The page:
And check out these Power Systems Virtual User Group webcast replays:

Cool Twitter-Adjacent Stuff

On Twitter, Kiran Tripathi cites options for capturing and exporting VM instances, here.

“You can capture and export an AIX or IBM i VM instance by using the Power Systems Virtual Server user interface or CLI. A VM is captured as a volume backed image. The image is stored in new volumes on the storage providers. An image can be exported to an IBM Cloud Object Storage (Cloud Object Storage) bucket. When an image is exported, the volumes of the image are copied and packaged in an Open Virtualization Appliance (OVA) file. The OVA file is compressed by using gzip before it gets uploaded to the IBM Cloud Object Storage bucket.

“When you capture and export a VM, you can choose the image catalog, COS, or both as destinations. The image catalog resides on the IBM Power storage area network (SAN). IBM’s COS is encrypted and dispersed across multiple geographic locations, and accessed over HTTP by using a REST API. This service uses the distributed storage technologies that are provided by the IBM COS System (formerly Cleversafe). You can always export your image in your image catalog to COS at a later point. You can also deploy the captured image to create a clone of the VM by using a different network configuration.”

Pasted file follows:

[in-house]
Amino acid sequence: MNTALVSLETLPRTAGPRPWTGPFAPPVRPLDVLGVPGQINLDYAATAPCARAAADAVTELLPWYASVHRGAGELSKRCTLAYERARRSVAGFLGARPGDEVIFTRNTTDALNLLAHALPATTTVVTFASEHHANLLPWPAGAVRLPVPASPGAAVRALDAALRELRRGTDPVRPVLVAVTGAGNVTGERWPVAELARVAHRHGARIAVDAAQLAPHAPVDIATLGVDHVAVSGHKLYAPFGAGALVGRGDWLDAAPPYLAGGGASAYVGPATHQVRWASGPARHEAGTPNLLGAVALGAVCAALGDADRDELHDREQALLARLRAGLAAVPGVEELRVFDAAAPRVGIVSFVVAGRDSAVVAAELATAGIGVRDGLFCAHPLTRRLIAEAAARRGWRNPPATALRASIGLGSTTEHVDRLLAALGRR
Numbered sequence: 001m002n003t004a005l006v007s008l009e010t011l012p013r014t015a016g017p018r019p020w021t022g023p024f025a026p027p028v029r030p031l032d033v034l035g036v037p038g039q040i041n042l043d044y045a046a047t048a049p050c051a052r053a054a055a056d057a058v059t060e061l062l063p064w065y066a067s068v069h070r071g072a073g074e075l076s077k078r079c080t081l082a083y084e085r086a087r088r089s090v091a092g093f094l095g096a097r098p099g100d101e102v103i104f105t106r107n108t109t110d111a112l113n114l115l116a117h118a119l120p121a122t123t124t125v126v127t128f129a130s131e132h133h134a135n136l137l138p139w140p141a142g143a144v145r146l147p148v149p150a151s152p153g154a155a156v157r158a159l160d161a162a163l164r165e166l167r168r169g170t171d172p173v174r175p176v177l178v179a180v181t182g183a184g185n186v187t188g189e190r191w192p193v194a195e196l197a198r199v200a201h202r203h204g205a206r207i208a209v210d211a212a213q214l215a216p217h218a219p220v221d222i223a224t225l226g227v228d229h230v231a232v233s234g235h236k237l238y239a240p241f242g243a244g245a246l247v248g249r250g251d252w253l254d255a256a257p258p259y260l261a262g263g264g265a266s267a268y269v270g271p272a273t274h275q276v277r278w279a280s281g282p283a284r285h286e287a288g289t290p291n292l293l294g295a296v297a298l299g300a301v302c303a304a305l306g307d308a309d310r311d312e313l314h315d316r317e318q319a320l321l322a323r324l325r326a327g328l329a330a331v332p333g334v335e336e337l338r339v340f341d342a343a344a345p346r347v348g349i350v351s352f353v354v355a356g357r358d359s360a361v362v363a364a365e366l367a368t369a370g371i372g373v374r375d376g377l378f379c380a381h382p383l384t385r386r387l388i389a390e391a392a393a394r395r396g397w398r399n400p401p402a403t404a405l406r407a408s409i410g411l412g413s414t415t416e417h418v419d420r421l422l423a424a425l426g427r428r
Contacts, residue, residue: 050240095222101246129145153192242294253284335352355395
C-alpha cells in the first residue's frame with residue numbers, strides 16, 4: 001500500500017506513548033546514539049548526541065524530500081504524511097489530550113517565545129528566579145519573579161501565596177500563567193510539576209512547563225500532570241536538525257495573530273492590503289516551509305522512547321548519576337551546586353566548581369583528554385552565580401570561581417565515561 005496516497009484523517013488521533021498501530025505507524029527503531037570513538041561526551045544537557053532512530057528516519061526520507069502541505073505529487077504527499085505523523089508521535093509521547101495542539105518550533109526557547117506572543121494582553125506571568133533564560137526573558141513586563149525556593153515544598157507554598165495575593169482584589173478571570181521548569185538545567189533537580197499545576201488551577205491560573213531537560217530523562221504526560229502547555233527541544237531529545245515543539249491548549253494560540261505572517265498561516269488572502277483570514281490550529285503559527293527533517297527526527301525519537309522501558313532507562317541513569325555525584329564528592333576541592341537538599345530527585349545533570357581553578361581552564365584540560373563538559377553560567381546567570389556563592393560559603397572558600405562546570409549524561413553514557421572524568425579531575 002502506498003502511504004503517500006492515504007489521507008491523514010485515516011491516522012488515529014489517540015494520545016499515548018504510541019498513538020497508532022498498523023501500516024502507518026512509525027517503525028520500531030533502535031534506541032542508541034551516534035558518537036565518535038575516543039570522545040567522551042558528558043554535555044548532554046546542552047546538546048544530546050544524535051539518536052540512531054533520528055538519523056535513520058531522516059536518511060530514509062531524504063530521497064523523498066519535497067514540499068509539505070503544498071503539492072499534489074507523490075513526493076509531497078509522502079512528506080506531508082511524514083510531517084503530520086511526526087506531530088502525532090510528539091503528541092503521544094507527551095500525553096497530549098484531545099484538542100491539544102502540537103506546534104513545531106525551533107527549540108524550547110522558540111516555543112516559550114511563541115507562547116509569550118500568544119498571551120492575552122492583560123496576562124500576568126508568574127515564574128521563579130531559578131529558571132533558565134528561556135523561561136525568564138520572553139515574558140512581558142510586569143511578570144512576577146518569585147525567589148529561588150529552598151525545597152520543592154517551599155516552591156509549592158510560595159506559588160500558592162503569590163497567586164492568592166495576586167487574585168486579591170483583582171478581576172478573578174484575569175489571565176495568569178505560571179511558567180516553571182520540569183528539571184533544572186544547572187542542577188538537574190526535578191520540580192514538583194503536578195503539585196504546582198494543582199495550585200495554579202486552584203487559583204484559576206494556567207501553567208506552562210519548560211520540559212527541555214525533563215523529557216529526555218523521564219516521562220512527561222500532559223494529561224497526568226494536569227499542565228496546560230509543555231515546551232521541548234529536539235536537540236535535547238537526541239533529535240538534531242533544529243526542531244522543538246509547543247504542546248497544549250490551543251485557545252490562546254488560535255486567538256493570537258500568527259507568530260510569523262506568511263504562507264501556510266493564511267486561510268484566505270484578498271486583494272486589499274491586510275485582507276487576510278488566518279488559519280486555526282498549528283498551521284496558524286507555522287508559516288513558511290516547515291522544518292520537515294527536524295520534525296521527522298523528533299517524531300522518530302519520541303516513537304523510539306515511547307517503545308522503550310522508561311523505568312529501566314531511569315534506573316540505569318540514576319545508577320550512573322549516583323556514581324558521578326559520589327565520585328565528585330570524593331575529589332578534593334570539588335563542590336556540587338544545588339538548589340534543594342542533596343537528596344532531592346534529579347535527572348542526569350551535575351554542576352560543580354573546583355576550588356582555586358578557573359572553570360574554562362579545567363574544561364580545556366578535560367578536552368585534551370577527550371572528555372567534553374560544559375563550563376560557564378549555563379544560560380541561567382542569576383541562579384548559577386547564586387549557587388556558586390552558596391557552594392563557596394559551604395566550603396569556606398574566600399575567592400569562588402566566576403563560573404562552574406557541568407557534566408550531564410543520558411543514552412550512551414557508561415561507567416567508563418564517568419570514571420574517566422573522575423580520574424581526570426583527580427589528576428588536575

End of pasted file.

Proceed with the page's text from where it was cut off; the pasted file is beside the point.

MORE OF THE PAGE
In a post on LinkedIn, Chris Peterson explains how AIX APIs can be used to explore user password histories:

“This one is a bit specialized and not something everyone should meddle with. Of course, your code has to run as root in order to query this “database” in the first place, so all’s fair in love and business.

“I was extremely pleased by the announcement that AIX’s next release will default to a much better password hashing algorithm than crypt() that allows for longer passwords! Huzzah!

“Yet another—mostly documented—API that sets AIX apart from some of the “competition.” If you know what to look for and have an idea where to look, you’re almost guaranteed to find ways to make AIX one of the most secure and auditable platforms anywhere.”

Tell Yourself You Can, and You Will

When I heard that a friend was going to run a half marathon, my first thought was: “There’s no way I could do that.”

But the thing is, I’m an experienced runner. I love running. Sure I’d never run that distance before, but was it really that difficult? I decided to find out. One day I extended one of my regular runs to see how far I could get. A half marathon is 13.1 miles; I ended up covering 14 miles with relative ease. So yes, I realized, I can run a half marathon—and I did just that at the recent event at Lake Powell in northern Arizona.

If you tell yourself you can’t, you’ll be right. But if you tell yourself you can, you’ll also be right. It may take time, effort and practice. You may fail once or multiple times when trying something new, but that’s OK. You’ll most certainly fail if you don’t try. It’s far better to fail at something than succeed at nothing.